Bernard Lagat never thought he’d be here. Specifically, in New York City, preparing to race a marathon this weekend. The now-43-year-old made his name in the grueling 3.5-lap sprint of the 1500m—a discipline in which he earned two Olympic medals and three World Championship medals—and, later, the 5K.

In 2007, Lagat captured dual world titles in both events—surely, the pinnacle of a glittering competitive career. But despite his best-laid plans, retirement doesn’t seem to be in the cards for Lagat just yet. “I used to say my retirement would be in 2013 after the London Games,” he says. “I did everything I could do to sacrifice.” Yet he kept competing.

He won the 5K at the 2016 Olympic Trials at the ripe old age of 41. In the Rio final, he placed fifth and set a masters world record of 13:06.78. “I’m looking at myself like, that is a masters world record already. Am I going to hang everything up and be done?”

The answer was no, and, much to the delight of his long-time training partner Juan Luis Barrios of Mexico, his next mission was to conquer the marathon. He also has a peer to catch in the U.S. masters rankings—Meb Keflezighi, who broke the American masters record at the 2015 New York City Marathon in 2:13.32, before lowering it further to 2:12.21 with a runner-up finish at the 2016 Olympic Trials Marathon in Los Angeles.

While Keflezighi, 43, is reportedly considering his own comeback for the 2020 Olympic Trials, he’ll be in New York to run purely in a brand ambassador capacity and has offered plenty of advice for Lagat via text message.

“[I asked Meb about] how, when he was getting older, how was he able to handle the day-to-day training while hanging out with his family?” Lagat says. “Mentally, how do you get yourself to go out there? What do you tell yourself, how are you handling the aches and pains?”

Lagat admits he runs far less mileage than most marathoners, including Barrios, and that he still struggled to adjust to the higher training volume. “Coach [James Li] is very cautious not to make me do so much because he knows if I do too much, it will be counter-productive,” he says. “I might get injured, I might get tired. We average around 60 to 75 [miles per week], so for marathon training, that is nothing. Some guys get that in two days! My training partner is hammering between 110 and 120 every week. That would just put me in a bad position. I know my limitations for doing too much.

“I found I was struggling a bit at the beginning, getting tired from the volume and intensity. It took me a long time to get past that hump to where I felt like I can actually recover. My last month in Flagstaff, I felt like I’m enjoying this now. Sometimes we get aches and pains in the calf or the hip, you take a day and ice. When I trained for the 5K, it was the same thing. When I need to take a day off, I take a day off.”

Lagat chose to cancel his buildup races before New York due to a lingering pain in his hip after winning the Peachtree Road Race on the 4th of July.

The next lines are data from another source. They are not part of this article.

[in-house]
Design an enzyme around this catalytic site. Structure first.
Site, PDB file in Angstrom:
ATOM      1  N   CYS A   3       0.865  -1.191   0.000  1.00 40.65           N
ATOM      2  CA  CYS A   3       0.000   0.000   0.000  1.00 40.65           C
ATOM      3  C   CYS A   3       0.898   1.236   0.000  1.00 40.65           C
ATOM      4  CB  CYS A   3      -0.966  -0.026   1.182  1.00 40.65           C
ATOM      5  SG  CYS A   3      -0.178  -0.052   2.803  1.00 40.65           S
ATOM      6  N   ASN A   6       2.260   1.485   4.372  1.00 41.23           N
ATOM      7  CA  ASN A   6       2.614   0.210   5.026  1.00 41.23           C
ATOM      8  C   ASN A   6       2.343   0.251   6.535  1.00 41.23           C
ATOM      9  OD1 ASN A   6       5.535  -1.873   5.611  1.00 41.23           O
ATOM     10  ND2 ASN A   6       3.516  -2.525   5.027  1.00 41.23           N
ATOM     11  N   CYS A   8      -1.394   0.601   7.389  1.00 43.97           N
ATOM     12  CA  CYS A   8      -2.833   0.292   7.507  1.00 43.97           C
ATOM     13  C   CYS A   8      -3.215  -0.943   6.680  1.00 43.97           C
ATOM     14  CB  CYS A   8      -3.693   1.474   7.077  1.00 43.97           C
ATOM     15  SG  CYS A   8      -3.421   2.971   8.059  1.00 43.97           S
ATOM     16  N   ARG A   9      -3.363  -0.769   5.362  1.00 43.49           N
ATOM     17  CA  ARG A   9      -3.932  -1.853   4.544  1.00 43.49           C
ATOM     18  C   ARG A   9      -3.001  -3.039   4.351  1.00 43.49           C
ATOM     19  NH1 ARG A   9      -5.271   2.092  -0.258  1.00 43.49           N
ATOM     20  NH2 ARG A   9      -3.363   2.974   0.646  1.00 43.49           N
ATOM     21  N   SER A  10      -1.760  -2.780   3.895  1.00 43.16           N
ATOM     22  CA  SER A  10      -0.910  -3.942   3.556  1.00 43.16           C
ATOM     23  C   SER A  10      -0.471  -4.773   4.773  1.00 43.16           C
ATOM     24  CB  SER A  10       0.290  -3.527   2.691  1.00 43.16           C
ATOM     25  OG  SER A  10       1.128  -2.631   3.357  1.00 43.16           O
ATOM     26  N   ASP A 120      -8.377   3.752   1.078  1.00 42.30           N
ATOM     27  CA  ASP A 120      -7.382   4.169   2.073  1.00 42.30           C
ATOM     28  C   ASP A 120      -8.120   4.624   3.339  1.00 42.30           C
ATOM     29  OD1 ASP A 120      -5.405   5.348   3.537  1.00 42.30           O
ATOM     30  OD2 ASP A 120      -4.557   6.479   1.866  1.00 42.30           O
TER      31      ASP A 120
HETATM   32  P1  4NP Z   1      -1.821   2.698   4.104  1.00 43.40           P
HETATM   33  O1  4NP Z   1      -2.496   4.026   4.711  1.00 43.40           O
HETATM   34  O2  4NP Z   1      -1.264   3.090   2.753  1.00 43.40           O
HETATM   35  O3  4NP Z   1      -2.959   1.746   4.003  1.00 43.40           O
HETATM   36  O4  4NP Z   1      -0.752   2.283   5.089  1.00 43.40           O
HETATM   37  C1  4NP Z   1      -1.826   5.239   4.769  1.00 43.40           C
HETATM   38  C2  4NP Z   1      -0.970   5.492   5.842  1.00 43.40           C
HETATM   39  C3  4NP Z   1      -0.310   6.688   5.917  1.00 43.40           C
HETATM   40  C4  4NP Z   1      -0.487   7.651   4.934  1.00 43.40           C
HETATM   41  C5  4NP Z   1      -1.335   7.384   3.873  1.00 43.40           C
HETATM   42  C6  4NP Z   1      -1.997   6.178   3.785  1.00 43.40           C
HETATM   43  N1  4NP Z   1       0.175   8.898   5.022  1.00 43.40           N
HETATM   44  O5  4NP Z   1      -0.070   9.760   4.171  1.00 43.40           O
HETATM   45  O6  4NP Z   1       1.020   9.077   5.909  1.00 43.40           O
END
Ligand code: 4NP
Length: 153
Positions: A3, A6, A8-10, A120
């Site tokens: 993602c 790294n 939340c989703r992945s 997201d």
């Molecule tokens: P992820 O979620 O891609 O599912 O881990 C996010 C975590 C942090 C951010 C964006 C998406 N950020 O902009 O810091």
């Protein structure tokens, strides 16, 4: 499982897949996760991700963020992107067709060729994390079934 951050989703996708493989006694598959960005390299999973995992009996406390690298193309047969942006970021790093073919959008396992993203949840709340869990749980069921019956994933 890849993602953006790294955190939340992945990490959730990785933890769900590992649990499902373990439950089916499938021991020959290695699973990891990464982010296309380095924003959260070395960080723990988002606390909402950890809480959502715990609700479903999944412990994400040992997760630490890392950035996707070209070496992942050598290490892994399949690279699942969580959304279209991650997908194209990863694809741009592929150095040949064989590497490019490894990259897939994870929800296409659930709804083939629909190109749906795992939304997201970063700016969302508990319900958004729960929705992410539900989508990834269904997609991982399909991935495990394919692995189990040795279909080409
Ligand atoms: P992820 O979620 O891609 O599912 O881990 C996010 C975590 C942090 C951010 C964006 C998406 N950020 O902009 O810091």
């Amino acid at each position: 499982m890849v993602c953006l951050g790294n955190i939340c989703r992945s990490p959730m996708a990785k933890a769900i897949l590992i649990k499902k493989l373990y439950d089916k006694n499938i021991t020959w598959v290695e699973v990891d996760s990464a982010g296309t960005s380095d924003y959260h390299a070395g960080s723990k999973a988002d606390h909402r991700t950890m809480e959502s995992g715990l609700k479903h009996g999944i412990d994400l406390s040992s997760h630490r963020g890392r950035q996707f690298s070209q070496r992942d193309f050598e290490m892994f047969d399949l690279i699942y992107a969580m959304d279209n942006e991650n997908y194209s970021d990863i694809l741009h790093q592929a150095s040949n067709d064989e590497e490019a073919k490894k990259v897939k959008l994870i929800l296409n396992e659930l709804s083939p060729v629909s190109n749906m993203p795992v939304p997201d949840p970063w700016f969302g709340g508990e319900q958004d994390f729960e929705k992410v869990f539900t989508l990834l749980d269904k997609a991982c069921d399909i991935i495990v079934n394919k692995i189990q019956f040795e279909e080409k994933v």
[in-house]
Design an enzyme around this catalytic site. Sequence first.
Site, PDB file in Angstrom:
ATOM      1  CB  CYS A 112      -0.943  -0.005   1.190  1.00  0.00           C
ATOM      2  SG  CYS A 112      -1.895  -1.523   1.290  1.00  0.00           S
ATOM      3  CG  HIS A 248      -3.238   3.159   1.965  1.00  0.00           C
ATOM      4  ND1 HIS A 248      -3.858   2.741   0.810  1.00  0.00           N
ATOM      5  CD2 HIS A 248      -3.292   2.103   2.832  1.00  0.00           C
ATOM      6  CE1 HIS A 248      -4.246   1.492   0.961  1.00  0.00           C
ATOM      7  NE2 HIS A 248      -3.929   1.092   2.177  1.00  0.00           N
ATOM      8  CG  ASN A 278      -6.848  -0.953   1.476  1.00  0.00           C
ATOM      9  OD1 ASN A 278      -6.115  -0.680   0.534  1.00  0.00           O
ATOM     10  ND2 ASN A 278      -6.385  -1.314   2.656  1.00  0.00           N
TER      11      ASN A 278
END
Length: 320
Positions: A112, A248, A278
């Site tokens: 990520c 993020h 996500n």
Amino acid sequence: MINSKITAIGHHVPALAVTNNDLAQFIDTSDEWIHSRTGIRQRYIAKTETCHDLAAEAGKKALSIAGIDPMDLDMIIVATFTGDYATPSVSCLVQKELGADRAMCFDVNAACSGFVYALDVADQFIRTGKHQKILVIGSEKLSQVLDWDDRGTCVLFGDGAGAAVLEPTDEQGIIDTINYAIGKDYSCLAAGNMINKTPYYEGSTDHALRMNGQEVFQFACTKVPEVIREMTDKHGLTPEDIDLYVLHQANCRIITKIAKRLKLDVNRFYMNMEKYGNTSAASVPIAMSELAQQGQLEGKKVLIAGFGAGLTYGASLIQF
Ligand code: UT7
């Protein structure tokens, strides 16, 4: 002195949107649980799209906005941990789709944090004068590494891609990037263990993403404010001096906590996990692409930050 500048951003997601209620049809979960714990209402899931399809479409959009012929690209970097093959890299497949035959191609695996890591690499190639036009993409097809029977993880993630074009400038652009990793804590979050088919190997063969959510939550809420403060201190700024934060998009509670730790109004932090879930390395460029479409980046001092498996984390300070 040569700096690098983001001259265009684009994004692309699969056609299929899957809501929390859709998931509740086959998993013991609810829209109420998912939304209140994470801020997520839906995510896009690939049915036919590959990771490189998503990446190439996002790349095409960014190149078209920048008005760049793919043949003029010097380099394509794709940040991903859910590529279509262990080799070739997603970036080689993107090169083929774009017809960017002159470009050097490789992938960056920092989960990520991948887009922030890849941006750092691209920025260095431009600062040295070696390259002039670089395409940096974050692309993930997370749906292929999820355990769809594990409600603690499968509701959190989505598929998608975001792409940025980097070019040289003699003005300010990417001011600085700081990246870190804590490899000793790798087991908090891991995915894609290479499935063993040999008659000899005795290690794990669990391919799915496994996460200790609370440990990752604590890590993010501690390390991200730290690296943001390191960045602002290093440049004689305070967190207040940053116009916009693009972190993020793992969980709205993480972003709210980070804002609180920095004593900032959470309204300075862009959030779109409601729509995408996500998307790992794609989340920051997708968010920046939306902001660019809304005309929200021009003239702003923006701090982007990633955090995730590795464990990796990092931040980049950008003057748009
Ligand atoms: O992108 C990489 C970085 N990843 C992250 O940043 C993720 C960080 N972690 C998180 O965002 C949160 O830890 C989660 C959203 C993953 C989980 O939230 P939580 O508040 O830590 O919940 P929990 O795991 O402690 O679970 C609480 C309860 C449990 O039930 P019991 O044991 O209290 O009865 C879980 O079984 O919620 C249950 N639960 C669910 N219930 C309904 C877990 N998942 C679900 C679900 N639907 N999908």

“It went away in a month,” he says of the hip problem. “I had a fear of, maybe, what if I run another race and get another problem—will I have enough time to recover? I did not want to take any chances, so I scrapped every race I had lined up. But at the same time, Coach Li also twisted the training to make me feel I benefited from training the same way I would from the test run.”

He describes a key Flagstaff workout as an eight-mile warm-up run at six-minute pace (“before, a warm-up used to be three miles”), followed by a 10-mile tempo run in racing flats at five-minute to 5:05 pace (“which is not easy at 7,000 feet”). Barrios, who set his personal best of 2:10.55 this year in Tokyo, has raced New York twice and offered Lagat some perspective on the course, which is generally considered to be difficult.

“Sometimes people don’t want to talk about how hard a course is because they don’t want to scare a person to go out there and run as hard as you can,” he says. “Winning is not in the cards, which is good, because it removes that one thing out of the equation. I am not worried about the gap [to the leaders] as long as I am hitting my splits. Will I be able to get [Meb’s record]? That would be sensational, but to get that time in New York is quite hard.”

Lagat made headlines in 2016 by qualifying for his fifth Olympic team. If his marathon debut goes well, might he consider trying for a sixth team in 2020?

“I cannot say no, but then again, everything would depend on how this race goes,” he says. “Not just the positioning, not just the time I get, but the feeling—do I want to do anything crazy like that for 2020? If I feel, ‘Woah, it was incredible, I wasn’t dying toward the end,’ and I am just learning to train for it, those will be the things I talk about to my agent and coach. That is something I am not closing the door on.”